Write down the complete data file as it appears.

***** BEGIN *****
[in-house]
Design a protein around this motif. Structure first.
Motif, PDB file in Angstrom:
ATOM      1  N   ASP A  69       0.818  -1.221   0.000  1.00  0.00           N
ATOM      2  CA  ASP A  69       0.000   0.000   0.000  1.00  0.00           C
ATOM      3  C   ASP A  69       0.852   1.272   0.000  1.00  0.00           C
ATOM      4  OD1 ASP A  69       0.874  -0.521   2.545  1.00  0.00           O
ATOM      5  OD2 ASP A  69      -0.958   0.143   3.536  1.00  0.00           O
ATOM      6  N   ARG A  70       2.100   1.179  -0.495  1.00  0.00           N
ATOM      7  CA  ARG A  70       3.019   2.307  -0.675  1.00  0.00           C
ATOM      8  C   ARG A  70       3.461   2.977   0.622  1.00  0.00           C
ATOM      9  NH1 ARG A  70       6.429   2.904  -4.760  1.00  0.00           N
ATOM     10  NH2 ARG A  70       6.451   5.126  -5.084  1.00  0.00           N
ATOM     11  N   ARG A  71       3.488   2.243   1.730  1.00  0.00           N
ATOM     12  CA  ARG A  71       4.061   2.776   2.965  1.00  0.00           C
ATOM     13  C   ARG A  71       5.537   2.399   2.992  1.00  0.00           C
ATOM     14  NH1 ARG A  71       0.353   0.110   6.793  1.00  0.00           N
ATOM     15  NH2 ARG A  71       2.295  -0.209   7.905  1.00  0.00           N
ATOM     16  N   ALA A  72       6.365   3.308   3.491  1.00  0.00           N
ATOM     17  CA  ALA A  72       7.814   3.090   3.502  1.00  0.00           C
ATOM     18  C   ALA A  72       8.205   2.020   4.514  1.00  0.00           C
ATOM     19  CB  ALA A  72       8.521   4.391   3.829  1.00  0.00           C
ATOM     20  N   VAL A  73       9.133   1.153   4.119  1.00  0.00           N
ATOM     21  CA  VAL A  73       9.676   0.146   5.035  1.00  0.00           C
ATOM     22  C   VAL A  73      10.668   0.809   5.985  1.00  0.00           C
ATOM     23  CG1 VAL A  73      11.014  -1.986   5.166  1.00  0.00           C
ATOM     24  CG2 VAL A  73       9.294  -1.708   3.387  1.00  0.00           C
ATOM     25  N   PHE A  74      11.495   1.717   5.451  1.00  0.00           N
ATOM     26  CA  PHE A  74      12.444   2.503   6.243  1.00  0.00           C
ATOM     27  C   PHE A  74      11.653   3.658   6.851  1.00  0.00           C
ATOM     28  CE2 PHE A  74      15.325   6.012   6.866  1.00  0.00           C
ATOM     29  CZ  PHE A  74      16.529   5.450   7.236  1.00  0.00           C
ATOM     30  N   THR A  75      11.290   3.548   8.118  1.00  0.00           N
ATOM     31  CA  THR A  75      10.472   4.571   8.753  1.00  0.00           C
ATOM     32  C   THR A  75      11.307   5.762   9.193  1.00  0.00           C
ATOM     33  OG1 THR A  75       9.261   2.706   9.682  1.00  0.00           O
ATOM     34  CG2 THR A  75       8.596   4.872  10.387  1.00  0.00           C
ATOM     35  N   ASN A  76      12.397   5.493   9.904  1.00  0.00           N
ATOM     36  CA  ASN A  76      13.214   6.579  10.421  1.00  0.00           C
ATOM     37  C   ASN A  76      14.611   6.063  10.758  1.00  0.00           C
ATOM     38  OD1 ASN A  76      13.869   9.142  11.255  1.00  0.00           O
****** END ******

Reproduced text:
[in-house]
Design a protein around this motif. Structure first.
Motif, PDB file in Angstrom:
ATOM      1  N   ASP A  69       0.818  -1.221   0.000  1.00  0.00           N
ATOM      2  CA  ASP A  69       0.000   0.000   0.000  1.00  0.00           C
ATOM      3  C   ASP A  69       0.852   1.272   0.000  1.00  0.00           C
ATOM      4  OD1 ASP A  69       0.874  -0.521   2.545  1.00  0.00           O
ATOM      5  OD2 ASP A  69      -0.958   0.143   3.536  1.00  0.00           O
ATOM      6  N   ARG A  70       2.100   1.179  -0.495  1.00  0.00           N
ATOM      7  CA  ARG A  70       3.019   2.307  -0.675  1.00  0.00           C
ATOM      8  C   ARG A  70       3.461   2.977   0.622  1.00  0.00           C
ATOM      9  NH1 ARG A  70       6.429   2.904  -4.760  1.00  0.00           N
ATOM     10  NH2 ARG A  70       6.451   5.126  -5.084  1.00  0.00           N
ATOM     11  N   ARG A  71       3.488   2.243   1.730  1.00  0.00           N
ATOM     12  CA  ARG A  71       4.061   2.776   2.965  1.00  0.00           C
ATOM     13  C   ARG A  71       5.537   2.399   2.992  1.00  0.00           C
ATOM     14  NH1 ARG A  71       0.353   0.110   6.793  1.00  0.00           N
ATOM     15  NH2 ARG A  71       2.295  -0.209   7.905  1.00  0.00           N
ATOM     16  N   ALA A  72       6.365   3.308   3.491  1.00  0.00           N
ATOM     17  CA  ALA A  72       7.814   3.090   3.502  1.00  0.00           C
ATOM     18  C   ALA A  72       8.205   2.020   4.514  1.00  0.00           C
ATOM     19  CB  ALA A  72       8.521   4.391   3.829  1.00  0.00           C
ATOM     20  N   VAL A  73       9.133   1.153   4.119  1.00  0.00           N
ATOM     21  CA  VAL A  73       9.676   0.146   5.035  1.00  0.00           C
ATOM     22  C   VAL A  73      10.668   0.809   5.985  1.00  0.00           C
ATOM     23  CG1 VAL A  73      11.014  -1.986   5.166  1.00  0.00           C
ATOM     24  CG2 VAL A  73       9.294  -1.708   3.387  1.00  0.00           C
ATOM     25  N   PHE A  74      11.495   1.717   5.451  1.00  0.00           N
ATOM     26  CA  PHE A  74      12.444   2.503   6.243  1.00  0.00           C
ATOM     27  C   PHE A  74      11.653   3.658   6.851  1.00  0.00           C
ATOM     28  CE2 PHE A  74      15.325   6.012   6.866  1.00  0.00           C
ATOM     29  CZ  PHE A  74      16.529   5.450   7.236  1.00  0.00           C
ATOM     30  N   THR A  75      11.290   3.548   8.118  1.00  0.00           N
ATOM     31  CA  THR A  75      10.472   4.571   8.753  1.00  0.00           C
ATOM     32  C   THR A  75      11.307   5.762   9.193  1.00  0.00           C
ATOM     33  OG1 THR A  75       9.261   2.706   9.682  1.00  0.00           O
ATOM     34  CG2 THR A  75       8.596   4.872  10.387  1.00  0.00           C
ATOM     35  N   ASN A  76      12.397   5.493   9.904  1.00  0.00           N
ATOM     36  CA  ASN A  76      13.214   6.579  10.421  1.00  0.00           C
ATOM     37  C   ASN A  76      14.611   6.063  10.758  1.00  0.00           C
ATOM     38  OD1 ASN A  76      13.869   9.142  11.255  1.00  0.00           O